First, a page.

Albania Becomes New Path to EU for Migrants

Spray-painted directions affixed to the back wall of a small church point towards Albania and a route rarely used by migrants and refugees who choose to try their luck in a country other than Greece.

But the relatively smooth passage of the generally difficult border between Greece and Albania provides the main route out of the country into the heart of Europe.

On a recent visit to the area, the Associated Press (AP) witnessed about 50 people camped out in an abandoned army substation and surrounding forest, a few hundred meters from the border, or about a half hour’s walk from the nearest Greek village of Ieropigi. , and 220 kilometers west of Greece’s second largest city, Thessaloniki.

A Syrian man rests on the floor of an abandoned army post near the village of Ieropigi, northern Greece, on the Greek-Albanian border, Tuesday, September 28, 2021.

A Syrian man rests on the floor of an abandoned army post near the village of Ieropigi, northern Greece, on the Greek-Albanian border, Tuesday, September 28, 2021.

They are waiting to attempt the crossing on their own or with the help of smugglers.

Husam Hderi, 30, reached Greece a month ago after sneaking across the land border from Turkey and was later assisted by people smugglers into Thessaloniki. He said that so far, he had paid smugglers 2,200 euros to reach Ieropigi, and was determined to continue north via Albania, Kosovo, Bosnia Herzegovina and finally Italy.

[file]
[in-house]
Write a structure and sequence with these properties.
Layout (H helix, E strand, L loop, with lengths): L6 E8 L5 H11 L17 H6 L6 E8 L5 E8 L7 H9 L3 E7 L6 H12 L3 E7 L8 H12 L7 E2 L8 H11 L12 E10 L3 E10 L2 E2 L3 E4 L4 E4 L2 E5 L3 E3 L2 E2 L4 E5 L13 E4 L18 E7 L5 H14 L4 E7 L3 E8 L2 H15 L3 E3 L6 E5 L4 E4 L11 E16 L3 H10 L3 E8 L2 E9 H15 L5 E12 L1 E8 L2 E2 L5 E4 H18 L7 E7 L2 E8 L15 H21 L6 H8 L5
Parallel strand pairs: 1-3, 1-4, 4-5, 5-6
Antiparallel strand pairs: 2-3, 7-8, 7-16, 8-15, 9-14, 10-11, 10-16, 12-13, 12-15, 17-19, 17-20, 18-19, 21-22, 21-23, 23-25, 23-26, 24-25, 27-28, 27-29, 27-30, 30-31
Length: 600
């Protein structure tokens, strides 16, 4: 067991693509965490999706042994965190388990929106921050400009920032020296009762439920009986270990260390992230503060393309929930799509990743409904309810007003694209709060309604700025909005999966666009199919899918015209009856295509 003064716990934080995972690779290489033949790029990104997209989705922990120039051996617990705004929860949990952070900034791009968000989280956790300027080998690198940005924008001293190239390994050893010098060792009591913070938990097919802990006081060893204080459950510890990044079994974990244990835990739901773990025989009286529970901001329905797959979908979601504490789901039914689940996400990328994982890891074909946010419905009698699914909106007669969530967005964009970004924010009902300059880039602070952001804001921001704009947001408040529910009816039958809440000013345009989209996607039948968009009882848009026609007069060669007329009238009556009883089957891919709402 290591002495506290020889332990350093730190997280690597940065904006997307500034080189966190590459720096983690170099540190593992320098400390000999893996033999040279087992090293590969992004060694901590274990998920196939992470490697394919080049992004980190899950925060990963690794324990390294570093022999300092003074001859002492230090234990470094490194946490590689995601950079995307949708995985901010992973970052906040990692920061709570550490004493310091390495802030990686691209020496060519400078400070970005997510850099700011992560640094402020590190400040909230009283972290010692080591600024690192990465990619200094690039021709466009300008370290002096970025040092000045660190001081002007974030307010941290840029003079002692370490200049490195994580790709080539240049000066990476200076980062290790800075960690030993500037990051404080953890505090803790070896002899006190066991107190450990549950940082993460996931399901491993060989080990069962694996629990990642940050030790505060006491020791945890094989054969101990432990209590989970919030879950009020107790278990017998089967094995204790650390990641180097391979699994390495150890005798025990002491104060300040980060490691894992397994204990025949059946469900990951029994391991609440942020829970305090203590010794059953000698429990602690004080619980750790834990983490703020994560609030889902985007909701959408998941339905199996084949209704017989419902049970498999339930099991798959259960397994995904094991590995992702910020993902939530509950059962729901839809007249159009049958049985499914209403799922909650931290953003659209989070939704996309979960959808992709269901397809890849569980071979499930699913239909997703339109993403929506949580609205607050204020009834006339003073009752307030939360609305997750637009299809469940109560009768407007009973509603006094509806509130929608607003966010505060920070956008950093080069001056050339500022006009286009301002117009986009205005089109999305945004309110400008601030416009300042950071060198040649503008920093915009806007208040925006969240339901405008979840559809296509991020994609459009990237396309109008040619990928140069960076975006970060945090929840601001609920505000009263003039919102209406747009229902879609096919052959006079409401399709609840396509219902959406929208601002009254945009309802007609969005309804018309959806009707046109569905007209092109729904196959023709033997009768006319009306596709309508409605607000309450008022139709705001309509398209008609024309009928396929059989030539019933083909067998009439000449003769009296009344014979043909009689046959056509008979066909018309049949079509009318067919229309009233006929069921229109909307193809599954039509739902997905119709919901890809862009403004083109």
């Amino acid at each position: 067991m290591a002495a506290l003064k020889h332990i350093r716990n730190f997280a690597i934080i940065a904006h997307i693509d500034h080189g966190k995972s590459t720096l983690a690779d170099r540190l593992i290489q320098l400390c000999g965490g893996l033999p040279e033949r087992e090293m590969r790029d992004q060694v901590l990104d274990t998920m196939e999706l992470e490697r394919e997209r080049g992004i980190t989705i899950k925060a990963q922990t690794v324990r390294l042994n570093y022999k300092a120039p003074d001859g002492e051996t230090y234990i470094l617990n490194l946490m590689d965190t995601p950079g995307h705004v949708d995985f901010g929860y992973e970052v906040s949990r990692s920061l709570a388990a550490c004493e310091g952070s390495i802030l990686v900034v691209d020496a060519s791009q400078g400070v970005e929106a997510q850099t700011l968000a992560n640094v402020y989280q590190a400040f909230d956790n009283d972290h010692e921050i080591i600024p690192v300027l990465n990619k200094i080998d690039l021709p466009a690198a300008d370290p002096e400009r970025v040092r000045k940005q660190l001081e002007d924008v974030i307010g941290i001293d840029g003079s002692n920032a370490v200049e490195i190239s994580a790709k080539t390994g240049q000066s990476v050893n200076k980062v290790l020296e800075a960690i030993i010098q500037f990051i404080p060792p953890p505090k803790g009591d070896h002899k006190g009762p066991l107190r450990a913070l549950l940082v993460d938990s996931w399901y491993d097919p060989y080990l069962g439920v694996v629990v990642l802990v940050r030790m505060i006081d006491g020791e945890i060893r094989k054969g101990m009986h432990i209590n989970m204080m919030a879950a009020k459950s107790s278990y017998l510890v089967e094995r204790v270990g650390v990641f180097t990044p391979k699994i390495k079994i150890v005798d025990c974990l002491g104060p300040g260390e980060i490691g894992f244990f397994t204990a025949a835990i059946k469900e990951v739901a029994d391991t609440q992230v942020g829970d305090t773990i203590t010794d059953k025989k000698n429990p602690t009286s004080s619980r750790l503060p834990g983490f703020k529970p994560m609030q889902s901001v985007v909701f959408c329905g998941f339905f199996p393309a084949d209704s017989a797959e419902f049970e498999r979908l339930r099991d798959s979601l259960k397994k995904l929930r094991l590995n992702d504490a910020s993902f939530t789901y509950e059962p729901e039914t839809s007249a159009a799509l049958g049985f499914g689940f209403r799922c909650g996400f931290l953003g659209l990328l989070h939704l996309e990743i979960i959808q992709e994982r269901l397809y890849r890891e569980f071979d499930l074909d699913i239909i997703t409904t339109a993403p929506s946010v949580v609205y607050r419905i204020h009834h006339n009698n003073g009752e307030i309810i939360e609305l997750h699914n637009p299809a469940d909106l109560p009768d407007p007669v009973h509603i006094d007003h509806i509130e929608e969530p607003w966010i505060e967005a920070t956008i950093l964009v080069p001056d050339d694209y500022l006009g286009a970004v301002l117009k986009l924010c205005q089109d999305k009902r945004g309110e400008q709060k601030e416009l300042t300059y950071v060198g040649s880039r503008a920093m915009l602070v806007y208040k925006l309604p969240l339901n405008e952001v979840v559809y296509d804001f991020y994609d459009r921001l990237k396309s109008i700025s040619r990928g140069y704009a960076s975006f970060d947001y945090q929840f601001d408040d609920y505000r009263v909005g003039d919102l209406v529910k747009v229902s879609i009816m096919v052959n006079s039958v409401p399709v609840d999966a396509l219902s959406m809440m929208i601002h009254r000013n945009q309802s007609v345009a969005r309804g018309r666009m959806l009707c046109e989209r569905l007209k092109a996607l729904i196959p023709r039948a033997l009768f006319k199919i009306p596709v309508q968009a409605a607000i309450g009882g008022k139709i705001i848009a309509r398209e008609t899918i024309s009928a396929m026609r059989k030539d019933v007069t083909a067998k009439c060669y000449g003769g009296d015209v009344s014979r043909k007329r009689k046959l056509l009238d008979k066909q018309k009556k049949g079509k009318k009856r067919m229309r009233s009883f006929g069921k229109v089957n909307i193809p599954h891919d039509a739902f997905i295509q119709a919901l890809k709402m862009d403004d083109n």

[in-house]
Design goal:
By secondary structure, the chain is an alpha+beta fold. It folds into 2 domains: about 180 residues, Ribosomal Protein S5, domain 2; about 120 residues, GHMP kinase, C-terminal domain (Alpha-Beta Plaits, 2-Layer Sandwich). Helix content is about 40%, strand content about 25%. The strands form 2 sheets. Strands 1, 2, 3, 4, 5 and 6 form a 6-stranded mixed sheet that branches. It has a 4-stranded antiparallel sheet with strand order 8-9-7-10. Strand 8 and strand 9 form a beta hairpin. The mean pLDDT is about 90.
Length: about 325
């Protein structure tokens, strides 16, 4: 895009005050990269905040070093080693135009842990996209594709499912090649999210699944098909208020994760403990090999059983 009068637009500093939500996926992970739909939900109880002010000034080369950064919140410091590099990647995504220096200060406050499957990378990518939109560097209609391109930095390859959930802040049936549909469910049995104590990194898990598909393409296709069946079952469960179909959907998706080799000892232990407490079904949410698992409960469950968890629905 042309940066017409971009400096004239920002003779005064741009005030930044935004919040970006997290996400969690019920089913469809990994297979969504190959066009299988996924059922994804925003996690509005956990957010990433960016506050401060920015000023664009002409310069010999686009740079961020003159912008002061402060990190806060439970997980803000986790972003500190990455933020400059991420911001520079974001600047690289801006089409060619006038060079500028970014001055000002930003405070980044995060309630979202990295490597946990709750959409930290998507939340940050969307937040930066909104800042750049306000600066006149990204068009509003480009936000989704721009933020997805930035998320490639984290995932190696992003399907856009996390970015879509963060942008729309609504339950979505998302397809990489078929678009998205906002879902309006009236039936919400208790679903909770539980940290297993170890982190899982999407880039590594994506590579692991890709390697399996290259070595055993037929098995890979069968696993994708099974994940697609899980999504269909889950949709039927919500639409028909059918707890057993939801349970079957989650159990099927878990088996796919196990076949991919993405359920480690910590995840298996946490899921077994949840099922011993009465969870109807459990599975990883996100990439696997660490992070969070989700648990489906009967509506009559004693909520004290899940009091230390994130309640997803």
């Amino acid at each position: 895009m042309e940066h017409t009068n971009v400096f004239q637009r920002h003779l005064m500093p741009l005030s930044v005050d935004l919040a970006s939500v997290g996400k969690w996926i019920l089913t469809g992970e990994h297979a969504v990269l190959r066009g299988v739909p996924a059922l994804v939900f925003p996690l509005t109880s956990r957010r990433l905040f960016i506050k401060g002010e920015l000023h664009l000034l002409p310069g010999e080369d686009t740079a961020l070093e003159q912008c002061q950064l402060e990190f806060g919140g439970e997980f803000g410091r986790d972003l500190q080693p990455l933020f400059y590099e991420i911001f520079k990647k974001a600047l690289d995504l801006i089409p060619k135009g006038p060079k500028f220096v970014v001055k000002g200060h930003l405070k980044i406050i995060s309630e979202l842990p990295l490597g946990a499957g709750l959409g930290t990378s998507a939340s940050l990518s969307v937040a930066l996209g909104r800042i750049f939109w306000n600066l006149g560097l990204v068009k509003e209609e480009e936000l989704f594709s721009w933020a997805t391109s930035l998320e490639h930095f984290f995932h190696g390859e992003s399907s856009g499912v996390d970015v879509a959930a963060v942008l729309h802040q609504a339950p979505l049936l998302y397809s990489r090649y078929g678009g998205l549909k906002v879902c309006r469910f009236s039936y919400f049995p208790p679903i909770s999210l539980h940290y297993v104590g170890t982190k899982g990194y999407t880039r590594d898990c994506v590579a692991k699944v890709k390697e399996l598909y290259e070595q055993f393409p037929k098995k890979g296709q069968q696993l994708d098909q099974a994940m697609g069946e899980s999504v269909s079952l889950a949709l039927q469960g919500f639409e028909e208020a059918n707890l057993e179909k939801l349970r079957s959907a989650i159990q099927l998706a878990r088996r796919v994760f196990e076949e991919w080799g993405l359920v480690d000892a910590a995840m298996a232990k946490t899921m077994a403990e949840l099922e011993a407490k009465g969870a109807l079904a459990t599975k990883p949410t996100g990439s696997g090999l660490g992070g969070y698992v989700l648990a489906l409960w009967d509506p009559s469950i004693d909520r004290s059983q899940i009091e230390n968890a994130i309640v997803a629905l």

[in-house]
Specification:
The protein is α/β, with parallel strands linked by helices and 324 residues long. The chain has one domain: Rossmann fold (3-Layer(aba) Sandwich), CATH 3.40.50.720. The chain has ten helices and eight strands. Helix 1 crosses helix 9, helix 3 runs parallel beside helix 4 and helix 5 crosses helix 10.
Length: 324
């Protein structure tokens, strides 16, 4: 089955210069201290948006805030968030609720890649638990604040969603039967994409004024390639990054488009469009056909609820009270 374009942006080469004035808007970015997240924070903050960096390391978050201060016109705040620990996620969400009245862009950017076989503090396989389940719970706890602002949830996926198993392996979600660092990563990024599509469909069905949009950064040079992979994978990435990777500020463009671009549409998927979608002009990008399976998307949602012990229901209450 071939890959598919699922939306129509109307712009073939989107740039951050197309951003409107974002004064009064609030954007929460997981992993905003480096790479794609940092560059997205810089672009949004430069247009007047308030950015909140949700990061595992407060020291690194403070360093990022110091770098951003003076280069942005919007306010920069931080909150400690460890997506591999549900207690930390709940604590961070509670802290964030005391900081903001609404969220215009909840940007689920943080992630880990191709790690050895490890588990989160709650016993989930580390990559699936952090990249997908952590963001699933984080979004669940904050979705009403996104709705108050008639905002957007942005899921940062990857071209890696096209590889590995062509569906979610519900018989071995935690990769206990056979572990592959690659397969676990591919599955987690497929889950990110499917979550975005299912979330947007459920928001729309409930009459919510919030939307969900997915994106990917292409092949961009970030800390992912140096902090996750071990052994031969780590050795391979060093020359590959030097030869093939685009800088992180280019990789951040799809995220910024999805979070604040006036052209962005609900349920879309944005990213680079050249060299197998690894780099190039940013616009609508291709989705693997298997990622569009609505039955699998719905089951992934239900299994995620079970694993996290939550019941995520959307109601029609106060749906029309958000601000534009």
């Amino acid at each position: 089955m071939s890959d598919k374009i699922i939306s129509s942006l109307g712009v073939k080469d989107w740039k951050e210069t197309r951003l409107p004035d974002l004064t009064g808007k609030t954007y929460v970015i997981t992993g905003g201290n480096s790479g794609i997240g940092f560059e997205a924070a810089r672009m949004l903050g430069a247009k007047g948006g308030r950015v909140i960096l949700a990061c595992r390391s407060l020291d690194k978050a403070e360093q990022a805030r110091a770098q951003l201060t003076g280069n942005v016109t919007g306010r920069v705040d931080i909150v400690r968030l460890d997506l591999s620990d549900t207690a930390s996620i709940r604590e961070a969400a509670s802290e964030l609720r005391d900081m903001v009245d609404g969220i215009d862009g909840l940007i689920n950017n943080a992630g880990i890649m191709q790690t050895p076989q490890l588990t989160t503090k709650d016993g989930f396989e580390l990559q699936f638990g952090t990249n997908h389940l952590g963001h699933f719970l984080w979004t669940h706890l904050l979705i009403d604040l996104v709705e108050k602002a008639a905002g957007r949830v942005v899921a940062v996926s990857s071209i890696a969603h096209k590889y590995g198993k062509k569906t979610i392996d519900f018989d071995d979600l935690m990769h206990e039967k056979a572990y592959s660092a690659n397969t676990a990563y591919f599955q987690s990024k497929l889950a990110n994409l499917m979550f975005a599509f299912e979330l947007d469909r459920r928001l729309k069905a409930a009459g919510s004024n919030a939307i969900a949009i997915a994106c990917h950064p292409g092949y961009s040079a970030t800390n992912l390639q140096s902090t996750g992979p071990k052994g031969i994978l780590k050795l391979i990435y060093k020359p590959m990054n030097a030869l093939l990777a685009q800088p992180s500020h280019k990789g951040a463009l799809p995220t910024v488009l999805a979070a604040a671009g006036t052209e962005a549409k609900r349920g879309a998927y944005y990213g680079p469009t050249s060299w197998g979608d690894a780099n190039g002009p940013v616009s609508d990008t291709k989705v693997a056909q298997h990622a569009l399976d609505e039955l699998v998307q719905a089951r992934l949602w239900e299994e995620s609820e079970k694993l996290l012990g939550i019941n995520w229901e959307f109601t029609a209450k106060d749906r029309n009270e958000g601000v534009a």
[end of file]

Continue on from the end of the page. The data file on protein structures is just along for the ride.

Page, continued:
Michalis Trasias, who herds his sheep on the Greek side of the border, told the AP he sees groups of migrants heading to Albania every day.

Migrants board a bus on their way to Athens after trying to cross the Greco-Albanian border, in a Mesopotamian village, northern Greece, Tuesday, September 28, 2021.

Migrants board a bus on their way to Athens after trying to cross the Greco-Albanian border, in a Mesopotamian village, northern Greece, Tuesday, September 28, 2021.

In the early 1990s, tens of thousands of Albanian migrants struggled to make their way through the same forest near Ieropigi in search of work in Greece after the collapse of communism in Albania. Thirty years later, the flow of human traffic across the border has reversed, albeit on a much smaller scale. Now people from the Middle East and Africa are quietly crossing the same forest.

Migrants or refugees who don’t want to stay in Greece have several options, all of which are considered illegal: sneak on a ferry or buy a seat on a smuggler’s boat, head to Italy using fake papers to continue on a flight, or walk through Bulgaria, Macedonia. North or Albania.

But because Bulgaria was seen as too dangerous and North Macedonia was increasingly heavily guarded, a large number of migrants chose Albania. [lt/uh]

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